How do I pay for college?<br /><ul><li>$16,141 average, in state, 4-year public universities
$28,130 average, out of state, 4-year public universities
$36,993 average, 4-year private universities</li></ul>EVERY YEAR!!<br />Source: The College Board, Annual Survey of Colleges, 2010 <br />
Financial Aid 101 - Loans<br /> What are loans? <br /><ul><li> Loans are a form of financial aid that many students use to help meet the cost of attendance with is not covered by their scholarship and grant awards and personal resources.
Unlike grants and scholarships, loans accrue interest and must be repaid.
Payment on most college loans may be deferred until after graduation, and occasionally even for a time after graduation if your student stays in close contact with the school and explains the need to defer. </li></li></ul><li>Financial Aid 101 – Types of Loans<br />Before turning to student loans, make sure that you have exhausted the "free money" part of the award - namely, scholarships and grants - and family's allocated savings, investments or income to pay for college expenses. – Simple Tuition<br />Loans available to students and parents may be divided into two types:<br />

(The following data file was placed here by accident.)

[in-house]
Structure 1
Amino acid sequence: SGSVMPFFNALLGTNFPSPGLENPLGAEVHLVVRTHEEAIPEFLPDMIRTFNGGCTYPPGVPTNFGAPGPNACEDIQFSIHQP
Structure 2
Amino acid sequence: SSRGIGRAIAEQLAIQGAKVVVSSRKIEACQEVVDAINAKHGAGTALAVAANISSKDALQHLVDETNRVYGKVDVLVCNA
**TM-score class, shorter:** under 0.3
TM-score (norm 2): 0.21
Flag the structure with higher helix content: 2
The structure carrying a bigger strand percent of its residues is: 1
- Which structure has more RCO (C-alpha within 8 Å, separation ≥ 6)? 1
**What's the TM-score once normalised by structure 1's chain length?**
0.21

Financial Aid 101 – Federal Loans<br /><ul><li>Students should always start with the federally-backed or funded loan types - such as Perkins, Stafford/Direct Loans, and PLUS loans for parents.
All of these loans have fixed interest rates and lower (or no) credit score qualifications for borrowers.
Most of these loans have limits and may be harder to qualify.</li></li></ul><li>Financial Aid 101 – Private Loans<br /><ul><li> If you were turned down by PLUS loan and your student doesn’t qualify for other federal loans, you still have options.
Private lenders offer many loans that can help you with your college education. Most carry higher rates than government loans, but lower than other types of consumer borrowing.
Some private loans offer better flexibility and are easier to qualify.
University financial aid office may offer you a list of the school’s preferred lenders. Ask your financial aid officer to explain the features of the loans each of these lenders offer, but don’t limit yourself to the banks on the list.</li></ul>*Listed by origination volume, data accurate as March 5, 2010<br />
You have questions, we have answers!<br />Join<br /> College Parents of America and get more tips and advice on:<br />How to choose private loans for students and parents;<br /> How to select a co-signer;<br /> How the private loan application process works; and Much More…<br />For more information, please contact us the following ways: <br />www.CollegeParents.org<br /> 888-761-6702<br />